He's big, he's yellow, and despite his age, he's still quite popular.
He's Big Bird, and if Mitt Romney gets his way, his neighborhood on Sesame Street is about to be gentrified. Instead of subsidized housing, it's going to be free market rates. Conservatives think that's a good thing.
But is it?
Won't You Be My Neighbor?
America's venerable Public Broadcasting Corporation has been in the crosshairs before by right-wingers looking to make a public spectacle out of slashing our government's budget. Stop funding PBS, the mantra has gone, and look at how much of our debt will disappear! If the liberal-leaning PBS can't survive on its own, it isn't as good as its boosters claim it is anyway.
Such bluster plays well to the portion of America's populace that likes to politicize things at the expense of their own morality. Think about it: PBS doesn't feature cuss words or sexually suggestive programming during prime time, but plenty of public television's conservative naysayers enjoy their Desperate Housewives, Office, Modern Family, Glee, and Married With Children episodes in all of their raunchy glory on the commercial networks.
Fox, NBC, ABC, and CBS claim that they need to air such morally vapid shows because they couldn't survive financially if they didn't. But what makes conservatives think PBS couldn't survive on its own? And if it could, would they be happier if PBS began featuring as much skin and perversion as the regular networks? Sure, it's great PR for talk radio's blowhards and right wing political wonks to spin a story of waste when it comes to public broadcasting, but when you compare the level of programming on PBS to the lowest common denominator of perversity elsewhere on the TV dial, aren't we taxpayers getting a pretty good return on our investment?
Do you realize we're subsidizing PBS at $222.5 million per year? The horror! 75% of that money goes to PBS on TV, and 25% to PBS on the radio (think NPR). Granted, that's a lot of money, except when compared to our federal budget, which is $3.8 trillion. PBS costs each of us Americans about $1.35 per year in taxes - a heavy burden that Romney claims isn't worth all of the education, art, science, and community programming that PBS broadcasts 24/7.
Brought To You Today By the Letters P, O, L, I, T, I, C, S
One of the consistent reasons conservatives like to hold PBS as a prime example of what's wrong with our federal budget stems from the common complaint that public broadcasting has a liberal bias. And yes, when it does show a bias, it's hardly towards the right of anything. For example, it's hard to deny that their science shows pretend the theory of Evolution is irrefutable fact. Many conservatives also bristle at the urban legends about Bert and Ernie being gay lovers, which they're not, or the network's other childhood shows pushing a socialist agenda on our impressionable children - a claim conservative parents make with a straight face, while letting their kids consume all sorts of hedonistic carnality on other channels. And while it's true that PBS's venerable talk show hosts Charlie Rose, who always tries to outdo his sophisticated guests in pomposity, and Bill Moyers, with his pious religious fuzziness, tend to advance blatantly liberal biases in their shows, theirs still doesn't sink to the vitriolic rhetoric of right-wing radio's partisan stars that conservatives consume for free.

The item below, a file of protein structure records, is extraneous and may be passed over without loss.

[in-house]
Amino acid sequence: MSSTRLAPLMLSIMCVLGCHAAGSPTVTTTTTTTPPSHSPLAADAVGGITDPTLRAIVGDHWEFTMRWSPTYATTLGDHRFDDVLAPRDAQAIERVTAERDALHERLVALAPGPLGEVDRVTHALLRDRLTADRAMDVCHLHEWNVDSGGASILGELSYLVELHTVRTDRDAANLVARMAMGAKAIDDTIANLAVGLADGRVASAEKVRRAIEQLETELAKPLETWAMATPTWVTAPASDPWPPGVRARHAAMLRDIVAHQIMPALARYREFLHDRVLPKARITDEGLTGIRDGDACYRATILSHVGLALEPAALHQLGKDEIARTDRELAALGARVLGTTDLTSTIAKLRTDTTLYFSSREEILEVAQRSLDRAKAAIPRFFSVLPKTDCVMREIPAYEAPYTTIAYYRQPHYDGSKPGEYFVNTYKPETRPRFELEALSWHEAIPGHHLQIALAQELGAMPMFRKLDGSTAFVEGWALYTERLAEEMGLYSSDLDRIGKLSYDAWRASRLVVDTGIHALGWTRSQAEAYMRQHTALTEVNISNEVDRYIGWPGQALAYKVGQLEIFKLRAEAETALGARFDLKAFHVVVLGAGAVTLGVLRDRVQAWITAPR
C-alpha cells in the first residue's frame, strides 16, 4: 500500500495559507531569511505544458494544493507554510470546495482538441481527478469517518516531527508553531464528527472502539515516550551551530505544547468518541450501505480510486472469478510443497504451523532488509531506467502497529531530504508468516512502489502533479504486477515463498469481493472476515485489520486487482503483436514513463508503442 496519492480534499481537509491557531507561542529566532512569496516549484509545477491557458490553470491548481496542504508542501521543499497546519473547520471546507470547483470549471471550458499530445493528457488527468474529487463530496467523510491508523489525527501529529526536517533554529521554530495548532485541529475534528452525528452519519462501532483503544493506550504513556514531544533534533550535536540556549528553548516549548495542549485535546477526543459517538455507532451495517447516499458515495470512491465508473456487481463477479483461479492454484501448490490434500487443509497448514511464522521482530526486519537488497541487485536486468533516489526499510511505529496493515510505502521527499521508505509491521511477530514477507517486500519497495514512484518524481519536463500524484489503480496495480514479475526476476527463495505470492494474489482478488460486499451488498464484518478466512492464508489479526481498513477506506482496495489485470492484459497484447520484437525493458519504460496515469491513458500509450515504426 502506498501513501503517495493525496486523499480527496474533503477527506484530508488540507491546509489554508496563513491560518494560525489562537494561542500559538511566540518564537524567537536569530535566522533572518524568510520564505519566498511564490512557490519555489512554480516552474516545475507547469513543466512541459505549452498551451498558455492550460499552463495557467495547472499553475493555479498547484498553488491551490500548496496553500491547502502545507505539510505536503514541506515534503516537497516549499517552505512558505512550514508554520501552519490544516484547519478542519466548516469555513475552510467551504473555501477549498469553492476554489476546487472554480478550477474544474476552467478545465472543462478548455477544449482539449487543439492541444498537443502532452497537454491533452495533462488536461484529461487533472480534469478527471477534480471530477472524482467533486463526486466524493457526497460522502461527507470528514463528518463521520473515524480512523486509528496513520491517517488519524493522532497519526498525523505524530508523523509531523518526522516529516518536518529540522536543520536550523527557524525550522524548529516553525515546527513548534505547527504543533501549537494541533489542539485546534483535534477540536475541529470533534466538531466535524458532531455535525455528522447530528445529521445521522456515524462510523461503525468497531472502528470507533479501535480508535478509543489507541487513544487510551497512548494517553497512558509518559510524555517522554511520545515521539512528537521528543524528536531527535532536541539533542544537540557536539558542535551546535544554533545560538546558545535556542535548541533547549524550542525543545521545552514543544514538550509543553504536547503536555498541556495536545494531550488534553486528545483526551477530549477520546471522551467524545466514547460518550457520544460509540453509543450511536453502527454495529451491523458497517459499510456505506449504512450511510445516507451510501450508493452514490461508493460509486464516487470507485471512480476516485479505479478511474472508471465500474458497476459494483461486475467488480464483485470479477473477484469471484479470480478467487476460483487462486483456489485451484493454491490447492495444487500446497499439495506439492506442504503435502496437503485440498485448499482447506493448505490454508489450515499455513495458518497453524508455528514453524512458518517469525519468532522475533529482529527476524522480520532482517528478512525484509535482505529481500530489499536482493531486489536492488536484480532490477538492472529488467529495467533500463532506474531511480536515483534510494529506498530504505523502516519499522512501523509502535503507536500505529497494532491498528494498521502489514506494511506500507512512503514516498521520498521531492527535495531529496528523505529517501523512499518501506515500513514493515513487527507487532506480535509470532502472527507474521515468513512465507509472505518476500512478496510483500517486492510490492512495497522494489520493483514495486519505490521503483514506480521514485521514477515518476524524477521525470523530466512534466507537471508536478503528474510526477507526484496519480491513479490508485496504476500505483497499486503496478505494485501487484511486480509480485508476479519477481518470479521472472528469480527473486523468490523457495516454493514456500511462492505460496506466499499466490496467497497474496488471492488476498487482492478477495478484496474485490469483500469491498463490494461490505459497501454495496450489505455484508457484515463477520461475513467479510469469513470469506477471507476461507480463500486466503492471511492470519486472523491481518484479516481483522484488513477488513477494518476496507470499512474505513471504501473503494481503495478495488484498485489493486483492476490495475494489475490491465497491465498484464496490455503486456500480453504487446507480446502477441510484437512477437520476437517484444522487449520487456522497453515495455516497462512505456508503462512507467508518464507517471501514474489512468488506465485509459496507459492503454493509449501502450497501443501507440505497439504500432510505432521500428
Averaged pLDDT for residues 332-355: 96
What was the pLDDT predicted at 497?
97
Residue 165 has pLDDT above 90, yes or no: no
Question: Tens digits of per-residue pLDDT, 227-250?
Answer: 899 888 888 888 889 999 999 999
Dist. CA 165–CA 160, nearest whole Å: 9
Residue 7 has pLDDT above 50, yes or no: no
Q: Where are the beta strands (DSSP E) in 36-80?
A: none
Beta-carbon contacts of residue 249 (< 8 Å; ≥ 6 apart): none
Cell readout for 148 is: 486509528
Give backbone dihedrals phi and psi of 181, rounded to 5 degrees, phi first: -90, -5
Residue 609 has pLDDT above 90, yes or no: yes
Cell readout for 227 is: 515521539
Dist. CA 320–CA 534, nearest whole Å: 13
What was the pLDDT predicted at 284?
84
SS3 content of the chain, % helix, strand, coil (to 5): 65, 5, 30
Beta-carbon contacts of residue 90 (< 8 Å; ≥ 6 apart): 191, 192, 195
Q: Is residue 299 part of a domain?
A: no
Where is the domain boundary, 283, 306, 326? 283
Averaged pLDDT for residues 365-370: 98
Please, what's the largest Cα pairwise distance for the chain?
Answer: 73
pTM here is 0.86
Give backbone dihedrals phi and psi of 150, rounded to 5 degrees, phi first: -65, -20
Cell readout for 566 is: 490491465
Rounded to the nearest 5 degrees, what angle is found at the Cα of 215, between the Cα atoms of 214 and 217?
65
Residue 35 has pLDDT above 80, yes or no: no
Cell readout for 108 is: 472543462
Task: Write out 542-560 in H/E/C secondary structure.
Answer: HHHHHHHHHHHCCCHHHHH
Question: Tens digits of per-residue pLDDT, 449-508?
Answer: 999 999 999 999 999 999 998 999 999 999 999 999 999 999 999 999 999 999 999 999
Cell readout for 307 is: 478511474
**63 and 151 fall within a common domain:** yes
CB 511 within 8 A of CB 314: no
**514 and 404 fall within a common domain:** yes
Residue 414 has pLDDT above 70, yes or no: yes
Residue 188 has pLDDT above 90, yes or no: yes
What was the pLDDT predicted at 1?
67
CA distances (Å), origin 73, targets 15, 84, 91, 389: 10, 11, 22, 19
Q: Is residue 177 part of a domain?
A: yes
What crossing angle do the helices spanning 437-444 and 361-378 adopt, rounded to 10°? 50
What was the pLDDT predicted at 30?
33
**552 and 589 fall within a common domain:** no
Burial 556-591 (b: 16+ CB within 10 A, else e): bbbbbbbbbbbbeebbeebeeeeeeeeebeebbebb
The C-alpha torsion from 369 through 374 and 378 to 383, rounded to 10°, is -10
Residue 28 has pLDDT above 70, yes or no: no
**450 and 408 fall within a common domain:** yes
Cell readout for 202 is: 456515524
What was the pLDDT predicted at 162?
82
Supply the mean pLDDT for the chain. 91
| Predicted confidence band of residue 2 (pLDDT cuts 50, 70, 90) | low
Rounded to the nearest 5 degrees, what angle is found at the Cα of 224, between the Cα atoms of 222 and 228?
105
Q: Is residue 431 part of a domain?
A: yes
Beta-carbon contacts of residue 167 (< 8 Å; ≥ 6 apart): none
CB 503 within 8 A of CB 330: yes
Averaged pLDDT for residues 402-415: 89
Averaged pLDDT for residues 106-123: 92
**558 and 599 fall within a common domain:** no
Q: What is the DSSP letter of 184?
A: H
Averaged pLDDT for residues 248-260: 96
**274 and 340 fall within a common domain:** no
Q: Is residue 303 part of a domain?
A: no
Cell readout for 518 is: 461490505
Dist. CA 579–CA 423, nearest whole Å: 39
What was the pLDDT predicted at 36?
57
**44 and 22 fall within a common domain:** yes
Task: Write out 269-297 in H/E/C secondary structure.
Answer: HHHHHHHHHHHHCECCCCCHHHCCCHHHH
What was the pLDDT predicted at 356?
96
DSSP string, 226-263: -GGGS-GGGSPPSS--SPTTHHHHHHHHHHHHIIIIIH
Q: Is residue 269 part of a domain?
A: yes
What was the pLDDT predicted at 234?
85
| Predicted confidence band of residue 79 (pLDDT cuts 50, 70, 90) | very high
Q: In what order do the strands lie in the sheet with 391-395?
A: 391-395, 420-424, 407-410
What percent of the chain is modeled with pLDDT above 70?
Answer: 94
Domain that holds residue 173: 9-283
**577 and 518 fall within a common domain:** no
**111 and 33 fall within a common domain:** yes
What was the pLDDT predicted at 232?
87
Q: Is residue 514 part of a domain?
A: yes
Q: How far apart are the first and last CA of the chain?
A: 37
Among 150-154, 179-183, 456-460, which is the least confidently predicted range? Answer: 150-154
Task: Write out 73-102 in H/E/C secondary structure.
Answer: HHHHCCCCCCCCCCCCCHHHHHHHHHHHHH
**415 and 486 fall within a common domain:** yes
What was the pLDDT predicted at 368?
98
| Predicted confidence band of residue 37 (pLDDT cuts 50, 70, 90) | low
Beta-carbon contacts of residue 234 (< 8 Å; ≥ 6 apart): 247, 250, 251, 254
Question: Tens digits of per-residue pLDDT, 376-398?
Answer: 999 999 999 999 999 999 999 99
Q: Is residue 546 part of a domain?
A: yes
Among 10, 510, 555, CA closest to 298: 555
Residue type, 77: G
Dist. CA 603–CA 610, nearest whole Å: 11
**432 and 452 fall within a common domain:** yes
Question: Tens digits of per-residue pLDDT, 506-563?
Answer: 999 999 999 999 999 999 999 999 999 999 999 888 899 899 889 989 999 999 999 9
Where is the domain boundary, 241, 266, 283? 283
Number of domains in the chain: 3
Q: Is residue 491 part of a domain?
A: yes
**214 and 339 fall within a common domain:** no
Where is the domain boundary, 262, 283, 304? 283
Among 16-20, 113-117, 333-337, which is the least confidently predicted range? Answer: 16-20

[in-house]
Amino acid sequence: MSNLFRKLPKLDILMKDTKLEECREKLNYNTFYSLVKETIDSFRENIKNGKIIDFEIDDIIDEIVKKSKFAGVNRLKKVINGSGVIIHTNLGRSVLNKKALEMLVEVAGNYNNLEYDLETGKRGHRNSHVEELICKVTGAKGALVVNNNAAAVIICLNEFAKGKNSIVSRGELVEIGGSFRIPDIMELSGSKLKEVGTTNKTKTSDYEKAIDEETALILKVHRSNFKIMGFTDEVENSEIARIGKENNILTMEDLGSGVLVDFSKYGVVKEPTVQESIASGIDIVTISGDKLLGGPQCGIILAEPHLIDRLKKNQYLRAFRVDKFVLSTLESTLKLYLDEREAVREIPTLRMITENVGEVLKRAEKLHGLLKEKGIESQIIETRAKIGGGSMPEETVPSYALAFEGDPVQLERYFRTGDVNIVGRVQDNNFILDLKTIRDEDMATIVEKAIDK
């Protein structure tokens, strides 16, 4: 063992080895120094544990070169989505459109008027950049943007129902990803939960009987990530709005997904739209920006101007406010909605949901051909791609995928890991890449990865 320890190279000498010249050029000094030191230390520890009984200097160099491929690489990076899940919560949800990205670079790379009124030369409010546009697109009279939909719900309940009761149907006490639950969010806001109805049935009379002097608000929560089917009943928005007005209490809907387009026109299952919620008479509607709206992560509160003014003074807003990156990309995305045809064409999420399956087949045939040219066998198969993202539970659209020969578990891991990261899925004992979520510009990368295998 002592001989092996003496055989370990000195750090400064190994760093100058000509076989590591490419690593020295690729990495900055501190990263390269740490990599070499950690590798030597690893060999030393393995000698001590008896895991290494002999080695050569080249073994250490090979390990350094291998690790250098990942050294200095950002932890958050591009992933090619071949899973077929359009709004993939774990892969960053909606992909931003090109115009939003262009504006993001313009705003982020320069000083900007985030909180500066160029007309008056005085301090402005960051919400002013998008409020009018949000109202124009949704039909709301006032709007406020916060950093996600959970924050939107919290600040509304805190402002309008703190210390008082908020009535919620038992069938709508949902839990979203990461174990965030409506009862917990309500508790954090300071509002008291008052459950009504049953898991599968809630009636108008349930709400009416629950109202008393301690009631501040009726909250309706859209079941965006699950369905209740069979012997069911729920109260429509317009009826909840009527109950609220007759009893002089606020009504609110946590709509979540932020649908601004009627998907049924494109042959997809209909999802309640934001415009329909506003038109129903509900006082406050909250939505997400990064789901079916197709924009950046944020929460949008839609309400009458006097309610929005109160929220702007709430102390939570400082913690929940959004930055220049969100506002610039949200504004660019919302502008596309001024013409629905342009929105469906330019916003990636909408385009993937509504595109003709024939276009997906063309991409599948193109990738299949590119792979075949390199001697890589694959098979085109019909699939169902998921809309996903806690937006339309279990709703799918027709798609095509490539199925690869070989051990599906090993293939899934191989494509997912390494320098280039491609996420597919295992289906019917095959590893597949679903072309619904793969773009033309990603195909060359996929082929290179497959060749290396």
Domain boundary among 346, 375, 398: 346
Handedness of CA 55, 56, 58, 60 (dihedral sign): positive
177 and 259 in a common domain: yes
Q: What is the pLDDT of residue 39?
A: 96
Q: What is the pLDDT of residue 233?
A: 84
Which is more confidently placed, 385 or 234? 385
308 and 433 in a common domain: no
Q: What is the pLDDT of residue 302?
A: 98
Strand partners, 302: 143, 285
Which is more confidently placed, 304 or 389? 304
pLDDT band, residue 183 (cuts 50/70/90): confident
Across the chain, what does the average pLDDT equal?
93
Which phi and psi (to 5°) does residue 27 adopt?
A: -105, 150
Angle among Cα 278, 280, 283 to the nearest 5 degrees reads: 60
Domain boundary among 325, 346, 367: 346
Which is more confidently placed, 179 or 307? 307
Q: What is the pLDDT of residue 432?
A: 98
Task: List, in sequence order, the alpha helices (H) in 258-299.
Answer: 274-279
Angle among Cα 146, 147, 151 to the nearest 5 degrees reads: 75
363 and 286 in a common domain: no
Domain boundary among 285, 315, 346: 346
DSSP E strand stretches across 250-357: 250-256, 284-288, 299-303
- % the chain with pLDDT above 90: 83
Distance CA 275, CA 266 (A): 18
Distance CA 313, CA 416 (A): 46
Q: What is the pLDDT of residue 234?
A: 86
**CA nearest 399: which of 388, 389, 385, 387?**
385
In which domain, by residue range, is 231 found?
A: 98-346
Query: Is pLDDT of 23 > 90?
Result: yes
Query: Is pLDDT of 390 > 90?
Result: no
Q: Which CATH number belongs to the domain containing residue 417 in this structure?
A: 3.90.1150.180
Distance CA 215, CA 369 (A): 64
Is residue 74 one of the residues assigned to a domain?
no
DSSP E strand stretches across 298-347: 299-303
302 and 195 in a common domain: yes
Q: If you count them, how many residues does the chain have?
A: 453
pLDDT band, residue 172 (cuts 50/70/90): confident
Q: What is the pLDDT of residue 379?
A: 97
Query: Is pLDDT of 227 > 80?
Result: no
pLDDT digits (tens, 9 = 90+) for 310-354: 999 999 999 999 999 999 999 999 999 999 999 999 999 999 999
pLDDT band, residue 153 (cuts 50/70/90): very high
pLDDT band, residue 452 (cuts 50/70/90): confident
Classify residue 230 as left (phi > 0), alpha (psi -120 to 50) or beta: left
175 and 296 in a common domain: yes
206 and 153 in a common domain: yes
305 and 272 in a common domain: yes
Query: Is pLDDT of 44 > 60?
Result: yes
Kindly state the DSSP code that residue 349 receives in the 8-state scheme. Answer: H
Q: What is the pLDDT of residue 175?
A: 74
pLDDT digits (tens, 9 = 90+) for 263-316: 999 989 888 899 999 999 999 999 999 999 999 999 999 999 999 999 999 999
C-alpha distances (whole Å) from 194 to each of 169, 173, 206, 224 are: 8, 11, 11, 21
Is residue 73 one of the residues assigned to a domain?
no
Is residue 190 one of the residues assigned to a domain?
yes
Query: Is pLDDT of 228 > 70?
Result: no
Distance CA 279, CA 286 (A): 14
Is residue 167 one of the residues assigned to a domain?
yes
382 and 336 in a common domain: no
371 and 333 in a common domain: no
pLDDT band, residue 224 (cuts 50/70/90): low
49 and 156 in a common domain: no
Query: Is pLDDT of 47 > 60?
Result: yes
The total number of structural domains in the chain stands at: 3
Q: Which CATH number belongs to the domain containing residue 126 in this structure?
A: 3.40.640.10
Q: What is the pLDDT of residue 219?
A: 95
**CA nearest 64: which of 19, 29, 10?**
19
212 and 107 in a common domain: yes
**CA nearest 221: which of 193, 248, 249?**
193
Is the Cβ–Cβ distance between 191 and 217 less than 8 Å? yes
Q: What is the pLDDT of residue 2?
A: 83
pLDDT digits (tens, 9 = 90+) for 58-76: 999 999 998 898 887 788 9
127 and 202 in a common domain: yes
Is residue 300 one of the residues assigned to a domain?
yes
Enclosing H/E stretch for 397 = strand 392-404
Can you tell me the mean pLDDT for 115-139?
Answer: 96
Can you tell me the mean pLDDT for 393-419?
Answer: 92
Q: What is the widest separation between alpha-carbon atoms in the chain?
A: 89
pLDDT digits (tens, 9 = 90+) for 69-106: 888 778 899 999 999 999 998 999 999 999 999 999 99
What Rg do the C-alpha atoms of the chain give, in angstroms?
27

If conservatives really want to see unabashed liberal propaganda on PBS, however, just go ahead and pull its taxpayer subsidies, and watch what happens. With its undisputed reputation as a bastion of creative programming, PBS will undoubtedly have no problem wooing left-wing sponsors and limousine liberals to swoop in as angel investors and replace that public funding. And then who'll be in complete control of one of the most ubiquitous childrens learning channels on the planet?
Right now, with PBS receiving public subsidies, the American people can complain to their elected officials whenever they perceive it to be crossing some ideological line. The political curse conservatives consider PBS to be is actually an effective way they can hold public broadcasting's feet to the fire of bipartisan equity. $222 million per year is just enough money to make PBS executives take conservatives seriously when it comes to questionable programming content. If the George Soros'es, Bill Gates'es, Al Gore's and Oprah Winfrey's of America get to replace taxpayers and underwrite PBS unilaterally, what voice will conservatives have when it comes to what PBS puts on the air?
Isn't having that voice worth $1.35 per year to you?
Not that PBS is just itching to dive into the deep end of liberal bias. If their directors really wanted to abdicate any semblance of moderate neutrality, instead of running panicked pledge drives, they'd be lobbying Congress for going solo. Right-wingers may feel threatened by folks at PBS who share different viewpoints, but compared with what could happen if it went completely private, the money we spend to help keep it "public" isn't the real threat here.
The real threat is the unknown: who takes over the money wagon at PBS if Romney pulls the plug on taxpayer subsidies? Right now, Romney and everybody else who thinks "firing Big Bird" is a good idea need to be grateful that PBS is content to fight for its relatively paltry quarter-billion dollars every year.
Yes, yes, yes, that's a lot of money! But to put it in context, this past winter, NBC grossed $245 million just in advertisements during the Super Bowl. And you still don't think we're getting our money's worth out of PBS?
There is value in us helping to pay Big Bird's rent. Especially since we might not be able to afford the alternative.